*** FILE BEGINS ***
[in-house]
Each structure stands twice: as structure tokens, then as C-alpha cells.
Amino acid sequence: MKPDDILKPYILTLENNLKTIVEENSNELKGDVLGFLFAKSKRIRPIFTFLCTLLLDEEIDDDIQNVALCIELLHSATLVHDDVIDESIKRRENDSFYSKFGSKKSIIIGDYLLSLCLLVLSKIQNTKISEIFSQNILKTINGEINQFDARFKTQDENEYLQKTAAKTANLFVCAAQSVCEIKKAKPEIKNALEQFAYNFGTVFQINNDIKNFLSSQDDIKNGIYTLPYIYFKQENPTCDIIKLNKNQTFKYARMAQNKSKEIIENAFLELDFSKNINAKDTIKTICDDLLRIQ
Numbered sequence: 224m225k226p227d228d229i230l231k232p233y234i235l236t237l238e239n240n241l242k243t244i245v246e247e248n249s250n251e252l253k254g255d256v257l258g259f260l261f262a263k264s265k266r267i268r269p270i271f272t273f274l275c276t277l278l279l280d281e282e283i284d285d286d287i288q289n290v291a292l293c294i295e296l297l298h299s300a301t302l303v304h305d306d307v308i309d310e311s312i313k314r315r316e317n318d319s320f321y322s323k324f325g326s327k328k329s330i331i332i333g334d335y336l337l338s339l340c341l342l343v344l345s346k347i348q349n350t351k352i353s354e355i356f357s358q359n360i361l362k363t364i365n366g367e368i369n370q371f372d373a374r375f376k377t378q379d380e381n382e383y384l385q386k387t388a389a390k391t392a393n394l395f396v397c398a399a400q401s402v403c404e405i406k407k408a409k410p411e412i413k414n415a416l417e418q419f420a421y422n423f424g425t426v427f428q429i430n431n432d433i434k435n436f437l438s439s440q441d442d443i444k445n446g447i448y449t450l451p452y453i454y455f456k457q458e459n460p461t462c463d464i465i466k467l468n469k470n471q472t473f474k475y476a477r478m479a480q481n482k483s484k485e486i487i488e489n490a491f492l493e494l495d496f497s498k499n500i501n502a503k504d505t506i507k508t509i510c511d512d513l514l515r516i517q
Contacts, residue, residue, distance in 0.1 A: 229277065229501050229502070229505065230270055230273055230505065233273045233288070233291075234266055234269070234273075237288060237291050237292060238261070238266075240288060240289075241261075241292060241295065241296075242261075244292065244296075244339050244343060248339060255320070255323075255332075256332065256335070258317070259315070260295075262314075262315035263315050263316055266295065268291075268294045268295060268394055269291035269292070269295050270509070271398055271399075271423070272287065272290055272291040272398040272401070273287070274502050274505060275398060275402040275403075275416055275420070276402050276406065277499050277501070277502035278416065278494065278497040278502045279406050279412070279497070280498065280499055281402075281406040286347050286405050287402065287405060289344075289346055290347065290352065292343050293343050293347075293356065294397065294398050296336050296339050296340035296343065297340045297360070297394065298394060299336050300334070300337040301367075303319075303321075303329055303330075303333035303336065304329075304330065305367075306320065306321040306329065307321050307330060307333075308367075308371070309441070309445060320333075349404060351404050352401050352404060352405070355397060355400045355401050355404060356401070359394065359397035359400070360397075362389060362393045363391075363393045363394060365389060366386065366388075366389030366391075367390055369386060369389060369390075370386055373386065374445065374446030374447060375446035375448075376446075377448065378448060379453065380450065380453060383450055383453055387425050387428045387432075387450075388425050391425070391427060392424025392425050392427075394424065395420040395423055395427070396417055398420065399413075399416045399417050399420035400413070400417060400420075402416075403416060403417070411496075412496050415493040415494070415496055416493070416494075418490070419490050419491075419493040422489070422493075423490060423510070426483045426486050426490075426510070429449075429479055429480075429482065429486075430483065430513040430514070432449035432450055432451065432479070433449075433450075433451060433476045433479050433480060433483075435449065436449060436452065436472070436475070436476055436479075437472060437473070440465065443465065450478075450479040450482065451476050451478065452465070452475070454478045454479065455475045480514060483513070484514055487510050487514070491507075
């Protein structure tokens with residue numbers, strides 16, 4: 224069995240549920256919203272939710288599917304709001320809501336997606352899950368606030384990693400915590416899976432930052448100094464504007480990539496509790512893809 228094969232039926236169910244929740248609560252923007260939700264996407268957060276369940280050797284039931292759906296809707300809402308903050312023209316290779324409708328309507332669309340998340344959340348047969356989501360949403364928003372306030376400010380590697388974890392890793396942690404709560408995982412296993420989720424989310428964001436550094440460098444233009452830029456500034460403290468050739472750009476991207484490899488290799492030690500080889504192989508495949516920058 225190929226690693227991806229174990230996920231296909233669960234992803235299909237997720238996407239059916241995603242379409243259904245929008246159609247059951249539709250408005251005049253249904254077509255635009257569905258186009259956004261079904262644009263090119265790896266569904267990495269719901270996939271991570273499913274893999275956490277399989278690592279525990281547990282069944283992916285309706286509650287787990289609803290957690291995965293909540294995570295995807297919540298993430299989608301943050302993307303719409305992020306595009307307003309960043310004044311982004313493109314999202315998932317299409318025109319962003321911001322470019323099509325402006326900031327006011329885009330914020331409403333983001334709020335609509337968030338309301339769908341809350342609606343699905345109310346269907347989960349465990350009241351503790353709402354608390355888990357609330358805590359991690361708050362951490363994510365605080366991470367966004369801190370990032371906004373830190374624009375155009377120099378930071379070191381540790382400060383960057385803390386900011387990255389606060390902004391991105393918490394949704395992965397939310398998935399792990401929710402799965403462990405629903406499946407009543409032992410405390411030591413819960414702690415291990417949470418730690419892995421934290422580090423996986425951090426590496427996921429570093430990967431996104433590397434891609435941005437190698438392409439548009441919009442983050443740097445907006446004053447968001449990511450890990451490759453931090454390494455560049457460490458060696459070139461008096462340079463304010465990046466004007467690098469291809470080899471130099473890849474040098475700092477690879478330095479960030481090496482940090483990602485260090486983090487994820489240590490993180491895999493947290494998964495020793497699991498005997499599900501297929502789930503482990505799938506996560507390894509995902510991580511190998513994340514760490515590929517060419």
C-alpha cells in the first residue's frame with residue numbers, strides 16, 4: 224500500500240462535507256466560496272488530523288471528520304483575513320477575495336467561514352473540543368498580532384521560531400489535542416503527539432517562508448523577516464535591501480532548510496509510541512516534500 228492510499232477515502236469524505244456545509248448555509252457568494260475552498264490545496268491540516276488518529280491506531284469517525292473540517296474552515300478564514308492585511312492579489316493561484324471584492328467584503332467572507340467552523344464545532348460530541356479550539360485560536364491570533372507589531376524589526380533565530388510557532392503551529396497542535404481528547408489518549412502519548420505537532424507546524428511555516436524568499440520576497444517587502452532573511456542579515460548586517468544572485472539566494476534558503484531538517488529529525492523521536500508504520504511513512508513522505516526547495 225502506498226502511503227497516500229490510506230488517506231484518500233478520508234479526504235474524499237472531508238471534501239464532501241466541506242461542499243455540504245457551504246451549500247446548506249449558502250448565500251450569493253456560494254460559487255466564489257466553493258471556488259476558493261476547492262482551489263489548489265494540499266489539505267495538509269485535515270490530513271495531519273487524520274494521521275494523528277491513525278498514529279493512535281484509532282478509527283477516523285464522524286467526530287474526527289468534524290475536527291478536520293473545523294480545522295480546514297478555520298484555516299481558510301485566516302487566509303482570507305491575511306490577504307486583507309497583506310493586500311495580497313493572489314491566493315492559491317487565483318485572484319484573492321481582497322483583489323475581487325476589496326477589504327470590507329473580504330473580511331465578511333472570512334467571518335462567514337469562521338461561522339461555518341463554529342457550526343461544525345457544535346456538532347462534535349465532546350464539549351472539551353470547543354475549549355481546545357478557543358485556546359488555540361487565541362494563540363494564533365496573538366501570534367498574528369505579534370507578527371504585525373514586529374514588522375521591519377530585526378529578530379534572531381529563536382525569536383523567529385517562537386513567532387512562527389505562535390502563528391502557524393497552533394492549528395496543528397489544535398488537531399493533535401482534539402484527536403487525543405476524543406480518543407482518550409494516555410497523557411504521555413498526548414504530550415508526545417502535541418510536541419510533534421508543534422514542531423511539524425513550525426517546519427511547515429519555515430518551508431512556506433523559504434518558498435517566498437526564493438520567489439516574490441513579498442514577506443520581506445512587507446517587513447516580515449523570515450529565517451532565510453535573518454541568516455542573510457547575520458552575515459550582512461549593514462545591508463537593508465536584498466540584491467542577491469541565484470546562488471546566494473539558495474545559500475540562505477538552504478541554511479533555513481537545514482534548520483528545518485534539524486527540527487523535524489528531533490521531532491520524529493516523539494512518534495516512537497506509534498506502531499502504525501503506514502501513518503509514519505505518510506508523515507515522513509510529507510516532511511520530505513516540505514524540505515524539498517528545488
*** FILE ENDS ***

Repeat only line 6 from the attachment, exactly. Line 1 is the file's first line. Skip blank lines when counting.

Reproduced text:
């Protein structure tokens with residue numbers, strides 16, 4: 224069995240549920256919203272939710288599917304709001320809501336997606352899950368606030384990693400915590416899976432930052448100094464504007480990539496509790512893809 228094969232039926236169910244929740248609560252923007260939700264996407268957060276369940280050797284039931292759906296809707300809402308903050312023209316290779324409708328309507332669309340998340344959340348047969356989501360949403364928003372306030376400010380590697388974890392890793396942690404709560408995982412296993420989720424989310428964001436550094440460098444233009452830029456500034460403290468050739472750009476991207484490899488290799492030690500080889504192989508495949516920058 225190929226690693227991806229174990230996920231296909233669960234992803235299909237997720238996407239059916241995603242379409243259904245929008246159609247059951249539709250408005251005049253249904254077509255635009257569905258186009259956004261079904262644009263090119265790896266569904267990495269719901270996939271991570273499913274893999275956490277399989278690592279525990281547990282069944283992916285309706286509650287787990289609803290957690291995965293909540294995570295995807297919540298993430299989608301943050302993307303719409305992020306595009307307003309960043310004044311982004313493109314999202315998932317299409318025109319962003321911001322470019323099509325402006326900031327006011329885009330914020331409403333983001334709020335609509337968030338309301339769908341809350342609606343699905345109310346269907347989960349465990350009241351503790353709402354608390355888990357609330358805590359991690361708050362951490363994510365605080366991470367966004369801190370990032371906004373830190374624009375155009377120099378930071379070191381540790382400060383960057385803390386900011387990255389606060390902004391991105393918490394949704395992965397939310398998935399792990401929710402799965403462990405629903406499946407009543409032992410405390411030591413819960414702690415291990417949470418730690419892995421934290422580090423996986425951090426590496427996921429570093430990967431996104433590397434891609435941005437190698438392409439548009441919009442983050443740097445907006446004053447968001449990511450890990451490759453931090454390494455560049457460490458060696459070139461008096462340079463304010465990046466004007467690098469291809470080899471130099473890849474040098475700092477690879478330095479960030481090496482940090483990602485260090486983090487994820489240590490993180491895999493947290494998964495020793497699991498005997499599900501297929502789930503482990505799938506996560507390894509995902510991580511190998513994340514760490515590929517060419």